2news Staff wins Pacemaker • The Wingspan received a Pacemaker Award from the National Scholastic Press Association at the recent NSPA fall convention. The Wingspan staff also won a second-place best of show award. The Westwind yearbook staff won a fifth place best of show award. In the national write-off competition, five students earned awards: Krista Van Giesen, yearbook cover/ endsheets; Brandi Martin, newswriting; Katie King, feature writing; Meredith Cole, sports writing; and Josh Wentzel, review writing. • S.A.V.E. Club is currently collecting old batteries, light bulbs and cell phones for recycling. Items may be brought to room V-6. • Foreign Language Club officers for the year are senior Katie King, president; senior Brandi Martin, vice president; and senior Audrey Huff, secretary. • Senior Eric English received an Outstanding Excellence in Acting award and seniors Katie O’Shea and Donny Turner and junior Andrew Hayes received an Excellence in Acting award at the North Carolina Theater Conference competition in October. • FCCLA officers for the year are co-presidents seniors Shelbie English and Kayla Gibbs, senior Melissa Elliot and Krystal Crook, vice presidents; senior Lauren Reneau, treasurer; senior Rachel Bollinger, secretary; senior Hannah Wilson, chaplain; senior Carly Owenby, historian; and junior Brittany Fairbairn, community leader. • Mountain Biking Club co-presidents for the year are seniors Adam Steurer and Bo Philips. Meetings are held every Tuesday afternoon. For more information, see Derek Nagreen in Y-8. • A.I. officers include seniors Caleb Dalton and Morgan Lovell.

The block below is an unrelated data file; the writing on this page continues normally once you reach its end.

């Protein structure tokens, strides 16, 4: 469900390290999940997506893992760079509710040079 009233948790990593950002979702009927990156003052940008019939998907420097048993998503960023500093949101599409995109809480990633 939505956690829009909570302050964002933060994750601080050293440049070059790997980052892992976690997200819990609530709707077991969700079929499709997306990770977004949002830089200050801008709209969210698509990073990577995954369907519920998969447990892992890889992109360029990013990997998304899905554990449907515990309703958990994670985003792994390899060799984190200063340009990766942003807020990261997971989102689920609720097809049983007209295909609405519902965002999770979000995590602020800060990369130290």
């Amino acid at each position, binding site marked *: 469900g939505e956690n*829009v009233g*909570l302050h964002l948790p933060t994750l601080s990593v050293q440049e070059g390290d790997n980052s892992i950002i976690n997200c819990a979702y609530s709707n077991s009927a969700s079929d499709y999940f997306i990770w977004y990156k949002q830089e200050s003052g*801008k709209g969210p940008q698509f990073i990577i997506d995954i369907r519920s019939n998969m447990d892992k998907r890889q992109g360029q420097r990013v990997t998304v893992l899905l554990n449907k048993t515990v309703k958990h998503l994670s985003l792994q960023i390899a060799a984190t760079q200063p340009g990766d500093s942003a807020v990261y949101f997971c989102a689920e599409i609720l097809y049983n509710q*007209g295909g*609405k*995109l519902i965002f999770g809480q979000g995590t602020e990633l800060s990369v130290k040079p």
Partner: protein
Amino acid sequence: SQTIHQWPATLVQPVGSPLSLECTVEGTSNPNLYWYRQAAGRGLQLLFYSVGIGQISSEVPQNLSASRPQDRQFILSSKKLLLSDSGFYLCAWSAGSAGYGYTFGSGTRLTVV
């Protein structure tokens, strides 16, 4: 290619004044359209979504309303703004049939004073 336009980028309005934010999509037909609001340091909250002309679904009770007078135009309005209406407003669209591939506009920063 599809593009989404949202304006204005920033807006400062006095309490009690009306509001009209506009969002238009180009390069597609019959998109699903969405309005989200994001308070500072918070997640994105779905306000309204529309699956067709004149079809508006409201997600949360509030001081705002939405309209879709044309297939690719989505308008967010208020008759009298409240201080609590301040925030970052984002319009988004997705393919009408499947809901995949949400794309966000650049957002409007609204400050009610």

‘Wild and Crazy’
Flying Falcons march to the beat of a successful season
how to play their instruments, but it’s 10 percent knowledge and 90 percent effort. Everybody’s got the knowledge, but the ones who are giving the effort are the ones who are winning.” According to Woody, the marching band made many improvements from when she was a freshman. The marching band participated in four competitions this fall at Enka, North Henderson, Owen and Newton-Conover. The band also hosted the county band festival, a non-competitive showcase for the bands in the county. The marching band made several modifications to their sound this year and added a pit and a drum set on the field. “We have non-marching percussion instruments which add a lot of color to the sound. They add a lot of impact to the sound with a big base drum and a gong to come in at some big impact points,” Klaes said. “It adds a whole other dimension to our show with a different kind of sound that a lot of bands don’t take outside. We are definitely starting to find our own style of playing that is kind of becoming our trademark for West.” Although Woody conducts the band on the field, Klaes is the band director. He designs drills and the shows, selects music and tells the band when to stop and start and what to work on. Klaes first creates a show and gathers music before the school year begins its session. The marching band holds a band camp where they learn the music Klaes has selected and begin practicing for their halftime show. “The show came together really
Hailey Johns Asst. Opinion Editor